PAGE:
What is the humanist perspective and why is it important?

Medically reviewed by Andrea Brant
Updated January 17, 2024by BetterHelp Editorial Team

The humanistic perspective in psychology tends to focus on empathy and the importance of goodness within the conduct of human beings. From a philosophical level, humanism focuses on the great value in equality and human rights. In psychology and during humanistic therapy applications, the humanistic perspective may help people improve their self-image by focusing on the positive aspects of being human.

The importance of a mindset in different types of therapy

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A closer look at the humanistic perspective

Positive aspects of humanity

Humanistic perspective psychology offers existential therapy, and client-centered therapy, with a strong emphasis on the positive aspects of humanity. A person who is going through a challenging time and working with a humanistic-focused specialist will likely be encouraged to consider certain hopeful aspects of life. For instance, if a person feels that their life is lacking meaning or purpose, their therapist may work with them to determine what's missing. This could be a relationship, a recreational interest, or something else altogether. The general idea, however, is to find a solution that will generate personal fulfillment and meaning for the whole person as an individual. Part of the goal of a humanistic psychologist may be to help their client become a fully functioning person in life.

Innate human potential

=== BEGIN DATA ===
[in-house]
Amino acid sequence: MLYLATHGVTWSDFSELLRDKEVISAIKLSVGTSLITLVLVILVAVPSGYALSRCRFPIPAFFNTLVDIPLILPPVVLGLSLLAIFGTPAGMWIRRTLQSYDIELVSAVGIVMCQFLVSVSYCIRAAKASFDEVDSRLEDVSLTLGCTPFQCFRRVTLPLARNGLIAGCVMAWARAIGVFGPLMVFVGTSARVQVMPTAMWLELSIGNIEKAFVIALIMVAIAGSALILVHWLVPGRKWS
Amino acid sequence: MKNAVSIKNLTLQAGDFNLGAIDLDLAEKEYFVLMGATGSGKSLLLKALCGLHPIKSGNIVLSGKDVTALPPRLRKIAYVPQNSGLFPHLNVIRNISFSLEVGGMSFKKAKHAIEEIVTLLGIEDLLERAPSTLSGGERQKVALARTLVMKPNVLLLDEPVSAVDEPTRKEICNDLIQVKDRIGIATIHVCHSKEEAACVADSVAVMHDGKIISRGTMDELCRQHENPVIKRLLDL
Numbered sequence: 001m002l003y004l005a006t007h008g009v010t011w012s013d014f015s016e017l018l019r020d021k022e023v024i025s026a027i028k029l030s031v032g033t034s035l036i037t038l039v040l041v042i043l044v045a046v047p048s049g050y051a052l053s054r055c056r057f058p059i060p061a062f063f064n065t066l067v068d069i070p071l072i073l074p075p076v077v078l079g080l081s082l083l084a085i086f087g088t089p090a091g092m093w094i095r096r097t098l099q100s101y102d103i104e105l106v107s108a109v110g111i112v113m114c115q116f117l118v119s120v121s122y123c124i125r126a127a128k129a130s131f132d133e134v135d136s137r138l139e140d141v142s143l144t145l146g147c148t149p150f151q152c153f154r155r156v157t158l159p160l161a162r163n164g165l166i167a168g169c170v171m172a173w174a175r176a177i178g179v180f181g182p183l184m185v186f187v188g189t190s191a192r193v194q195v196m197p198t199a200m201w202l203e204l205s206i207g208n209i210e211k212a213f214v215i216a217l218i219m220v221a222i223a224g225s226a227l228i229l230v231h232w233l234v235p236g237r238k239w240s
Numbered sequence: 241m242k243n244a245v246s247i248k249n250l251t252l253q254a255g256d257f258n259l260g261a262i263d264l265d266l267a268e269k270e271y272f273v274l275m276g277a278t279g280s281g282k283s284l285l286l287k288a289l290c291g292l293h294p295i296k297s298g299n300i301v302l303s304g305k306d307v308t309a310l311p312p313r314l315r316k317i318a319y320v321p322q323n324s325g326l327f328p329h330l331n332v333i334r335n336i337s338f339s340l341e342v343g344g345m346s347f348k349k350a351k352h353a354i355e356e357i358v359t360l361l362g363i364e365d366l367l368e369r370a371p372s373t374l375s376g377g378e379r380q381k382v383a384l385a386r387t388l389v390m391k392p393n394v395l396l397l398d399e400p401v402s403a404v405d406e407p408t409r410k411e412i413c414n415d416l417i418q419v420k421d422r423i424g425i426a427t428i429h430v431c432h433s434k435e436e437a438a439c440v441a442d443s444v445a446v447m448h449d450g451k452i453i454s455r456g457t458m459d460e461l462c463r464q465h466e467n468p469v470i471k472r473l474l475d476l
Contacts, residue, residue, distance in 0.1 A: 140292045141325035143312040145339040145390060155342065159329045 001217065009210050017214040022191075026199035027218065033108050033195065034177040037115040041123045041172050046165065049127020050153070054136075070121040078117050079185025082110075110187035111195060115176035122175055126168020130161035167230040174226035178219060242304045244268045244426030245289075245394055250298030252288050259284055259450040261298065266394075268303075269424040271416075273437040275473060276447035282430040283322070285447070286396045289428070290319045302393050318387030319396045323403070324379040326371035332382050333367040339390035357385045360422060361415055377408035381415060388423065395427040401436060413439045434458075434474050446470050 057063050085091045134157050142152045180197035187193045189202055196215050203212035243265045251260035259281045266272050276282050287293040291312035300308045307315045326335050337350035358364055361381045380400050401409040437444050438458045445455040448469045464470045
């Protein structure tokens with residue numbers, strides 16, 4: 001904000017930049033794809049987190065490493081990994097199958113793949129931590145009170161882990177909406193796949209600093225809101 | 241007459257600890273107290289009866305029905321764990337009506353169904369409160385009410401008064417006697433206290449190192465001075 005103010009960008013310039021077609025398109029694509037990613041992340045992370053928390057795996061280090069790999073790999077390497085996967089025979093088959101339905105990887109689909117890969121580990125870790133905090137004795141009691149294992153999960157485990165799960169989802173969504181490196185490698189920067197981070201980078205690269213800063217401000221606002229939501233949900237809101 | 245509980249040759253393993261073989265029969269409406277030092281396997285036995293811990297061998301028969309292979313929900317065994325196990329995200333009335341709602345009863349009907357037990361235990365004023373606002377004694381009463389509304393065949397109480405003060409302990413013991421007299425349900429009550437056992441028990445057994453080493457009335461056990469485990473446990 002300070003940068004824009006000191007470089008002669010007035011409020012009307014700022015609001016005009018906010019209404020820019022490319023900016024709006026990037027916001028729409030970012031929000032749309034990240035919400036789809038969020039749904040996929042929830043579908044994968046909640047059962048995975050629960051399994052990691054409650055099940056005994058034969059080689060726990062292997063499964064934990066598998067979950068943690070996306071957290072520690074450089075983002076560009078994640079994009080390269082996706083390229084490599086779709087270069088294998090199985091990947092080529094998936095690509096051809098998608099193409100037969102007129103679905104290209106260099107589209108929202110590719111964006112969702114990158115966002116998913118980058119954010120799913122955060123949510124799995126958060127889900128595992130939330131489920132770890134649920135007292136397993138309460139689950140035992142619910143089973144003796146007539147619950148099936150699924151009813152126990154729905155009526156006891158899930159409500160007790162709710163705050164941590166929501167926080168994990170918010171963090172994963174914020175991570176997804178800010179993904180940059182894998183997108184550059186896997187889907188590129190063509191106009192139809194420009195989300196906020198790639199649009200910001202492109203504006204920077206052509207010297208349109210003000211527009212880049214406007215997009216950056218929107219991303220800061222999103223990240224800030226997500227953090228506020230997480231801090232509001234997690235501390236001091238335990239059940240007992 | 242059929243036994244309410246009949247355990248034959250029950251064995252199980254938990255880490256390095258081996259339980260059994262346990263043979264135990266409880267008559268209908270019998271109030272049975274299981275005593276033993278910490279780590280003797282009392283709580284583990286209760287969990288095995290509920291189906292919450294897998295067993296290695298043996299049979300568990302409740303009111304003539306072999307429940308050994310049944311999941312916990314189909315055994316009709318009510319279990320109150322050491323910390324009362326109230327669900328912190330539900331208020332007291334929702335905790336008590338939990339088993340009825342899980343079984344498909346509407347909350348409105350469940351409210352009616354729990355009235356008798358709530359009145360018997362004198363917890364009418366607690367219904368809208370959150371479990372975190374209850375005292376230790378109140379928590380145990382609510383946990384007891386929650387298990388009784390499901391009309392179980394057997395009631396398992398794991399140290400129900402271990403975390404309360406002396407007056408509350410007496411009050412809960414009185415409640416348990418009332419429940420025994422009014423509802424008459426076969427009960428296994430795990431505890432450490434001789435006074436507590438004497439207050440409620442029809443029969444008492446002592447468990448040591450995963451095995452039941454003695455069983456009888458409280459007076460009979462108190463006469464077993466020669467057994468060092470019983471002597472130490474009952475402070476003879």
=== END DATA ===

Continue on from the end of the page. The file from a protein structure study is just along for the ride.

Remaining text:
An individual's innate potential as a human being is another fundamental belief within the humanistic perspective. Hardship, suffering, and other plights that people face are often viewed as manifestations of one deviating from the path of their natural potential in life. To remedy this issue, a therapist may encourage clients to pursue avenues that allow them to grow as human beings. In many regards, this closely relates to the theme of positive humanity.

Concepts established by the humanistic theory

There are a series of now standard themes and concepts in society that were brought about by the humanistic perspective. Free will, Maslow’s Hierarchy of Needs, and self-concept are some of the important aspects of this theory that are now commonly discussed and employed because of the humanistic perspective. Free will pertains to the human ability to make choices and decisions on one’s own accord. In psychology, there are countless studies devoted to understanding the underlying factors that motivate people to make given choices.

Maslow’s Hierarchy of Needs was created by Abraham Maslow, one of the key theorists of the movement, and is one of the most well-recognized tools born of humanistic psychology. Put simply, Maslow’s Hierarchy maintains that each person has a series of needs in life that build toward the goal to be a self-actualized, fully functioning person. The most basic needs exist at the lower end of the hierarchy and serve as the most important. As the hierarchy increases, the needs become more psychological and dependent upon healthy interactions with society. The essentials listed on Maslow’s Hierarchy of Needs are physiological needs, safety, love/belonging, esteem, and self-actualization, with self-actualization being the highest on the hierarchy from Maslow’s perspective.

In this hierarchy, self-concept pertains to how each person views themselves, their actions, and their abilities. The quality of a person’s self-concept can have a significant impact on their lives and the decisions they make. An individual who has a low self-concept may be more likely to make destructive decisions than someone who enjoys a positive self-concept and values who they are.

Humanistic approach of perspective in therapy